Spring 2006 (14.1)
Lives On - Svetlana Alliluyeva
were sacrificed senselessly, thousands of talented lives extinguished
prematurely. The tale of these losses could not be told in 20
books, never mind 20 letters. Would it not have been better for
these people to have gone on serving mankind here on earth, rather
than have their deaths be the only mark they left in the hearts
Above: Svetlana Alliluyeva, daughter of Stalin.
"Twenty Letters to a Friend" (written in the summer
of 1963). Translated by Priscilla Johnson, McMillan. Harper &
Row: New York, 1967.
History is a stern judge. It's not for me, but for history, to
decide who served the cause of good and who served vanity and
vainglory. I certainly don't have the right.
All I have is my conscience. And conscience tells me that before
pointing out the mote in my neighbor's eye, I must first see
the beam in my own. There's no one, including me, who doesn't
have a beam in his own eye.
We are all responsible for everything that happened. Let the
judging be done by those who come later, by men and women who
didn't know the times and the people we knew.
Let it be left to new people to whom these years in Russia will
be as remote and inexplicable, as terrible and strange, as the
reign of Ivan the Terrible. But I do not think they'll call our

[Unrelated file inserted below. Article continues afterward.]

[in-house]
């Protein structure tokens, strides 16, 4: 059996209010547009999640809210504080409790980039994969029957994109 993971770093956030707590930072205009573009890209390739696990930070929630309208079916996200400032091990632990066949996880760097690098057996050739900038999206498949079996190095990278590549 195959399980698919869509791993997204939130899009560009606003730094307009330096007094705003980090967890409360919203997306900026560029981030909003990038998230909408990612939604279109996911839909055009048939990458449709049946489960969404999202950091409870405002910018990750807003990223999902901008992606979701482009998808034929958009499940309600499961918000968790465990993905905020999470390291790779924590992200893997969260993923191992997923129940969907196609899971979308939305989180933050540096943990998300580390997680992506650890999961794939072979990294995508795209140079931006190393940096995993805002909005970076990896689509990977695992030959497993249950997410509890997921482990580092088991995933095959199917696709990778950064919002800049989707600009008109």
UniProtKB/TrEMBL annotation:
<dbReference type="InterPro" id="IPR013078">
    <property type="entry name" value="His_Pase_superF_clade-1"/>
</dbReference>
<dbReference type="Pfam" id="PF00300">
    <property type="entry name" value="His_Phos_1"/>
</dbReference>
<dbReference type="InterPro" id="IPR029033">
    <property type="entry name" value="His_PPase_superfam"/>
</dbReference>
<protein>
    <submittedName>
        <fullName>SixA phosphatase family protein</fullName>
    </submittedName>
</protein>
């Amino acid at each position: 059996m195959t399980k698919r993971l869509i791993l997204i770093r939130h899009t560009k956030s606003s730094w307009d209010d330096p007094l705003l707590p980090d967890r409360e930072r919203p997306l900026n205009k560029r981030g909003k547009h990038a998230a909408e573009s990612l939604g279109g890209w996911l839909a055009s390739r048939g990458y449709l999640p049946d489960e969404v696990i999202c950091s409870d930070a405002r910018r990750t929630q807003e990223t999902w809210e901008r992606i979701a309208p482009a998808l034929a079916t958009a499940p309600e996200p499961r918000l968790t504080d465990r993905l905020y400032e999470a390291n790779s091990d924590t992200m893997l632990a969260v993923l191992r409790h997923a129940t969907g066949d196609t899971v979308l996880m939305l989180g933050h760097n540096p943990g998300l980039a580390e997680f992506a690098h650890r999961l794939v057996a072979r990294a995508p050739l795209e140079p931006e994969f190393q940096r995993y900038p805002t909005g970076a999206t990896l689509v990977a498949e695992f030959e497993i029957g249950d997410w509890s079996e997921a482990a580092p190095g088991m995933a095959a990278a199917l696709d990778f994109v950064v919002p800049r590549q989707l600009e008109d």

era a "progressive" one, or that they'll say it was
all for the "good of Russia". Hardly...
They will have their say. And what they say will be something
new and cogent. Instead of idle whining, they will give voice
to a new sense of purpose. They will read through this page in
their country's history with a feeling of pain, contrition and
bewilderment, and they will be led by this feeling to live their
I hope that they won't forget that what is Good never dies-that
it lived on in the hearts of men even in the darkest times and
was hidden where no one thought to look for it, that it never
died out or disappeared completely.
Everything on our tormented planet that is alive and breathes,
that blossoms and bears fruit, exists only by virtue of, and
in the name of, Truth and Good."
Svetlana Alliluyeva (born 1926),
Stalin's daughter by his second wife Nadezhda Alliluyeva, who
committed suicide in 1932 in protest against Stalin. Quote from
"Twenty Letters to a Friend", page 235.
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